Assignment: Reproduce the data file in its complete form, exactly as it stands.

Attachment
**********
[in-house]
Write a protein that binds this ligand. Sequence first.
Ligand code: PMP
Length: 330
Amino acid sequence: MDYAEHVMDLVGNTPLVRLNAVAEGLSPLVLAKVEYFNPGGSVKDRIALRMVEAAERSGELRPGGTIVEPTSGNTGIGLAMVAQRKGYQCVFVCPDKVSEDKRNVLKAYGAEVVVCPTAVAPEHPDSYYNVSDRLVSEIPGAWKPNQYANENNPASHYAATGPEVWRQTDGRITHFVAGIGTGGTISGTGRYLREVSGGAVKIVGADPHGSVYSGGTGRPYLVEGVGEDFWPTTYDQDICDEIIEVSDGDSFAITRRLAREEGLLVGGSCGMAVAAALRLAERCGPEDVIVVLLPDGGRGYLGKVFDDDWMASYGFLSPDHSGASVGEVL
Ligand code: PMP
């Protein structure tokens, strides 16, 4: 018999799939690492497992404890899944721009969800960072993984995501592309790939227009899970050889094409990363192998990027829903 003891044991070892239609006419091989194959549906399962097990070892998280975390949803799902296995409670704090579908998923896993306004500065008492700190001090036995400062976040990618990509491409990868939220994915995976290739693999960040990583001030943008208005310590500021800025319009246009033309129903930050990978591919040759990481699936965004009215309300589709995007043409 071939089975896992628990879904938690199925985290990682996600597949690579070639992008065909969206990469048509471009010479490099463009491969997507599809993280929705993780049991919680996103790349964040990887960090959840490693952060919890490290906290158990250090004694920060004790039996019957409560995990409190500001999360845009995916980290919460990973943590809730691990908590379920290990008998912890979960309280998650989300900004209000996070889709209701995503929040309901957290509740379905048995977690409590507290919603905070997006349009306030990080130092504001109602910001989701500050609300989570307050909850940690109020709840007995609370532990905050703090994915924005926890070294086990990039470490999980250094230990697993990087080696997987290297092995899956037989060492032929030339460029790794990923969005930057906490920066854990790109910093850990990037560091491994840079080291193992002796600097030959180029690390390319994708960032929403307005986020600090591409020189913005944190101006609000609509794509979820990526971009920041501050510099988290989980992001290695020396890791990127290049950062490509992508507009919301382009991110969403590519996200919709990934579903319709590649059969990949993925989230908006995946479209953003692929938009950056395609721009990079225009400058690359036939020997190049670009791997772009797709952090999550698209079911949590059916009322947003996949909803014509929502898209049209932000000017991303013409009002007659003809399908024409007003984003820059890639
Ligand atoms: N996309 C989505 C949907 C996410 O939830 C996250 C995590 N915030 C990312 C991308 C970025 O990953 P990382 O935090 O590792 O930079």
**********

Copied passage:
[in-house]
Write a protein that binds this ligand. Sequence first.
Ligand code: PMP
Length: 330
Amino acid sequence: MDYAEHVMDLVGNTPLVRLNAVAEGLSPLVLAKVEYFNPGGSVKDRIALRMVEAAERSGELRPGGTIVEPTSGNTGIGLAMVAQRKGYQCVFVCPDKVSEDKRNVLKAYGAEVVVCPTAVAPEHPDSYYNVSDRLVSEIPGAWKPNQYANENNPASHYAATGPEVWRQTDGRITHFVAGIGTGGTISGTGRYLREVSGGAVKIVGADPHGSVYSGGTGRPYLVEGVGEDFWPTTYDQDICDEIIEVSDGDSFAITRRLAREEGLLVGGSCGMAVAAALRLAERCGPEDVIVVLLPDGGRGYLGKVFDDDWMASYGFLSPDHSGASVGEVL
Ligand code: PMP
């Protein structure tokens, strides 16, 4: 018999799939690492497992404890899944721009969800960072993984995501592309790939227009899970050889094409990363192998990027829903 003891044991070892239609006419091989194959549906399962097990070892998280975390949803799902296995409670704090579908998923896993306004500065008492700190001090036995400062976040990618990509491409990868939220994915995976290739693999960040990583001030943008208005310590500021800025319009246009033309129903930050990978591919040759990481699936965004009215309300589709995007043409 071939089975896992628990879904938690199925985290990682996600597949690579070639992008065909969206990469048509471009010479490099463009491969997507599809993280929705993780049991919680996103790349964040990887960090959840490693952060919890490290906290158990250090004694920060004790039996019957409560995990409190500001999360845009995916980290919460990973943590809730691990908590379920290990008998912890979960309280998650989300900004209000996070889709209701995503929040309901957290509740379905048995977690409590507290919603905070997006349009306030990080130092504001109602910001989701500050609300989570307050909850940690109020709840007995609370532990905050703090994915924005926890070294086990990039470490999980250094230990697993990087080696997987290297092995899956037989060492032929030339460029790794990923969005930057906490920066854990790109910093850990990037560091491994840079080291193992002796600097030959180029690390390319994708960032929403307005986020600090591409020189913005944190101006609000609509794509979820990526971009920041501050510099988290989980992001290695020396890791990127290049950062490509992508507009919301382009991110969403590519996200919709990934579903319709590649059969990949993925989230908006995946479209953003692929938009950056395609721009990079225009400058690359036939020997190049670009791997772009797709952090999550698209079911949590059916009322947003996949909803014509929502898209049209932000000017991303013409009002007659003809399908024409007003984003820059890639
Ligand atoms: N996309 C989505 C949907 C996410 O939830 C996250 C995590 N915030 C990312 C991308 C970025 O990953 P990382 O935090 O590792 O930079």